Tampa again finds itself in the center of the latest chapter of mob intrigue.
Reported organized crime boss John Gotti Jr. was arrested in New York on Tuesday, and will be arraigned in Tampa on murder conspiracy charges stemming from an investigation that began in the Bay area.
As mob towns go Tampa is no New York, Chicago or even Philadelphia. But over the years Tampa has found itself with at least a tenuous connection to the latest news from the organized crime world.
In the 1940s, Sicilian immigrant Santo Trafficante Sr., a known member of the Mafia, took over organized crime in Tampa. The Tampa mob ran gambling, loansharking operations, drug trafficking, stolen property rings, strip clubs, fraud and political corruption, according to Scott Deitche, author of the book, "Cigar City Mafia."
When Trafficante Jr. took over, the man authorities called Florida's "boss of bosses" testified in front of a 1978 U.S. House panel that he was involved in a plot to kill Cuban leader Fidel Castro. He denied knowledge of any mob plot to kill President Kennedy.
In 2006, four alleged members of the Gambino crime family went to trial in U.S. District Court in Tampa on charges of racketeering and extortion. Authorities said the group, led by Ronald "Ronnie One Arm" Trucchio, committed robbery, extortion and murder from New York to Miami. They reportedly ran valet parking businesses at restaurants, hospitals and strip clubs. In 2007, Trucchio was sentenced to spend life behind bars.
The city's sometimes unseemly criminal landscape has wooed Hollywood filmmakers as well.
The 1990 crime classic "Goodfellas" featured a scene at Lowry Park Zoo in which Henry Hill, played by Ray Liotta, and James Burke, played by Robert De Niro, terrorized a local bar owner who refused to pay a gambling debt by dangling him over the lion cage. The "Goodfellas" depiction is pretty close to the real thing, according to Deitche.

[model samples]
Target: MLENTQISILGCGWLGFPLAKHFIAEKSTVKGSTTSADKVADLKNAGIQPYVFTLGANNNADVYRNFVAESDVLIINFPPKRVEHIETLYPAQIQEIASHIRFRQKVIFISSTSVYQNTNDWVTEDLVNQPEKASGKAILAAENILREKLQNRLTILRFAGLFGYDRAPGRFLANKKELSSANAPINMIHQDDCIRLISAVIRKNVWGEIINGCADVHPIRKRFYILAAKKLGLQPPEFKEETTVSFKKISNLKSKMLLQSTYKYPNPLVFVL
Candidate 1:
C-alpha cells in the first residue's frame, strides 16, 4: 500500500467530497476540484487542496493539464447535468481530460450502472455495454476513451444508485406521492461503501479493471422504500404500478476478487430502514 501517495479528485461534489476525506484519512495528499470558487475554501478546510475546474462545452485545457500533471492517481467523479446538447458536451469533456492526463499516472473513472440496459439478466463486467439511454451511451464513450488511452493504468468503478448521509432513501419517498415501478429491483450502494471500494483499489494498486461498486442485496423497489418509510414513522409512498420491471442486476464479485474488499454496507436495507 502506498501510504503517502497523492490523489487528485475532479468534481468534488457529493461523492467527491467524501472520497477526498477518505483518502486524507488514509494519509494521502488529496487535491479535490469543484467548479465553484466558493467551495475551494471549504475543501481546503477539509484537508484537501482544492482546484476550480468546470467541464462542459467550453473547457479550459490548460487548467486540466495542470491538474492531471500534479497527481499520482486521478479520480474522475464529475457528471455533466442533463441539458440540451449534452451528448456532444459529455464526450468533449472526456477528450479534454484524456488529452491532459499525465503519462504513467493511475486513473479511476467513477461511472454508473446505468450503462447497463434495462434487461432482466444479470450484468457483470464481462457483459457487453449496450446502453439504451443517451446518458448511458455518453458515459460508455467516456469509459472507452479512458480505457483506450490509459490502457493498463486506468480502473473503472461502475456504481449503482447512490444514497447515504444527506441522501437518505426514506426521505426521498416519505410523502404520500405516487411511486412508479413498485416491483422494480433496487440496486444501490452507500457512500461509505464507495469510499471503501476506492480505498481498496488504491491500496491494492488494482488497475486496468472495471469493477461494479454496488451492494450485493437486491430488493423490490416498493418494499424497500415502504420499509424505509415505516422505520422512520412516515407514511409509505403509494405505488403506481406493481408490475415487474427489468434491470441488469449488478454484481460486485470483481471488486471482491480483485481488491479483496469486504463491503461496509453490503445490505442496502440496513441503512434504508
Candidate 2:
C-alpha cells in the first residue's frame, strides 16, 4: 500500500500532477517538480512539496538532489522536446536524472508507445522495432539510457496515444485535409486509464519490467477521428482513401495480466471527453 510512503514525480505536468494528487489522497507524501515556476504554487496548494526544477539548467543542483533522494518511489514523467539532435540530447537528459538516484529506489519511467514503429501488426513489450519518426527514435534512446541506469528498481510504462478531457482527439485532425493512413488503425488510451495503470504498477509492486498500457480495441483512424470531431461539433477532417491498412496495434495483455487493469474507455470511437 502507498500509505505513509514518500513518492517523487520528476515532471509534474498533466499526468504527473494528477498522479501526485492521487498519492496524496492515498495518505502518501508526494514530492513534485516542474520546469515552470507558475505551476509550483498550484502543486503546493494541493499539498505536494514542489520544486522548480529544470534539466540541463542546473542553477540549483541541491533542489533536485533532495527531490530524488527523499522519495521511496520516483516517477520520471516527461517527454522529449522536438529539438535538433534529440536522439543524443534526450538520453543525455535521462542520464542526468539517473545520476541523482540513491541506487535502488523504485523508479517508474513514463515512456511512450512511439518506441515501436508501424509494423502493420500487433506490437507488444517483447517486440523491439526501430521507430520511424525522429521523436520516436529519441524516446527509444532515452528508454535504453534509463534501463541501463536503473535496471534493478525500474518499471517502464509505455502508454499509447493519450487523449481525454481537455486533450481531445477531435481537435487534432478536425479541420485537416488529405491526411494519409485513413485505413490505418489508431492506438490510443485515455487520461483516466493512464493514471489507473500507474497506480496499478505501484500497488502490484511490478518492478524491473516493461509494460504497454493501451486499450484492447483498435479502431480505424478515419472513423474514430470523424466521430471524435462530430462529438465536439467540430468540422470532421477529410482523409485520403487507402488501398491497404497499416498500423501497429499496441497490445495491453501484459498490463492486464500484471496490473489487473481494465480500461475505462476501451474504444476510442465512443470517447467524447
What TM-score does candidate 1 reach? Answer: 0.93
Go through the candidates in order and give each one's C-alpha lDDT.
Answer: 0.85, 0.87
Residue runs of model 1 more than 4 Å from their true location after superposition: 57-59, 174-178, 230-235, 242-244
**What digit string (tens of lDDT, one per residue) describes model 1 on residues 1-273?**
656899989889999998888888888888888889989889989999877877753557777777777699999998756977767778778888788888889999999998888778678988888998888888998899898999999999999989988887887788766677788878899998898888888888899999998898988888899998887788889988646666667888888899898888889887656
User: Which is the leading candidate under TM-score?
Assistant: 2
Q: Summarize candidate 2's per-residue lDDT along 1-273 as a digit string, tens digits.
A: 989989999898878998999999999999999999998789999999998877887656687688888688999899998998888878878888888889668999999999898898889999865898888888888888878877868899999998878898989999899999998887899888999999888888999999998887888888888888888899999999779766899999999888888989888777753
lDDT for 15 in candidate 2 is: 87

Apparently, the owner of Char-Pal Lounge at 3711 E. Busch Blvd. asked Hill and Burke to come to Tampa to persuade Gaspar Ciaccio to pay his $13,000 debt, Deitche said. They dined at the Columbia Restaurant before tracking down Ciaccio.
Hill and Burke apparently beat up Ciaccio in the back room of the Char-Pal and then threatened him at the lion cage at Busch Gardens, said Nicholas Pileggi, who adapted his book "Wiseguy" into the screenplay for "Goodfellas."
"It all really happened," said Pileggi, who came to Tampa to take pictures of the area and interview people for his book.
The reason organized crime appeared to flourish in Tampa seems as varied as the experts who have studied it.
Pileggi said Tampa's organized crime spun off from Prohibition days in the 1920s and '30s.
Many of Florida's elected leaders and law enforcement officers either didn't enforce the laws or were in cahoots with bootleggers, Pileggi said. "There was an infrastructure of corruption," he said.
Deitche focuses on the large influx of Spanish-speaking immigrants.
Mob bosses in New York and Chicago generally didn't speak Spanish, so the Trafficantes leveraged their links with Cuba and Latin America to dominate organized crime in Florida for more than three decades, he said.
Authorities credit the Trafficante family with creating a mob language known as "Tampan," a hybrid of Italian and Spanish created to confuse police.
Howard Abadinsky, an organized crime expert and professor of criminal justice and legal studies at St. John's University, said the reason the mob moved into Tampa and South Florida had more to do with the shifting economy. The mob bosses followed the money, he said.
They saw thousands of retirees from the East Coast and rustbelt states flee to sunny Florida for the winter, bringing their money and spare time.
Tampa's growing population would have been irresistible for organized crime families with ties to garbage hauling unions, shipping interests, gambling, bars, strip clubs and other ventures. "They are always on the prowl for opportunity," he said.
Deitche, Abadinsky and others agree on thing: High-profile, organized criminal activity has been on the decline for decades. Criminal investigations are credited with part of the decline. But mostly, the old-time mob bosses have died off.
Trafficante Jr. died March 17, 1987, after heart surgery in Houston.
"Since then, it's sort of subsided," said Bill Iler, who worked for the Tampa Police Department from 1966 to 1986, much of it investigating organized crime. "All the old guys hooked up with the Mafia are about dead now."
Thanks to Baird Helgeson
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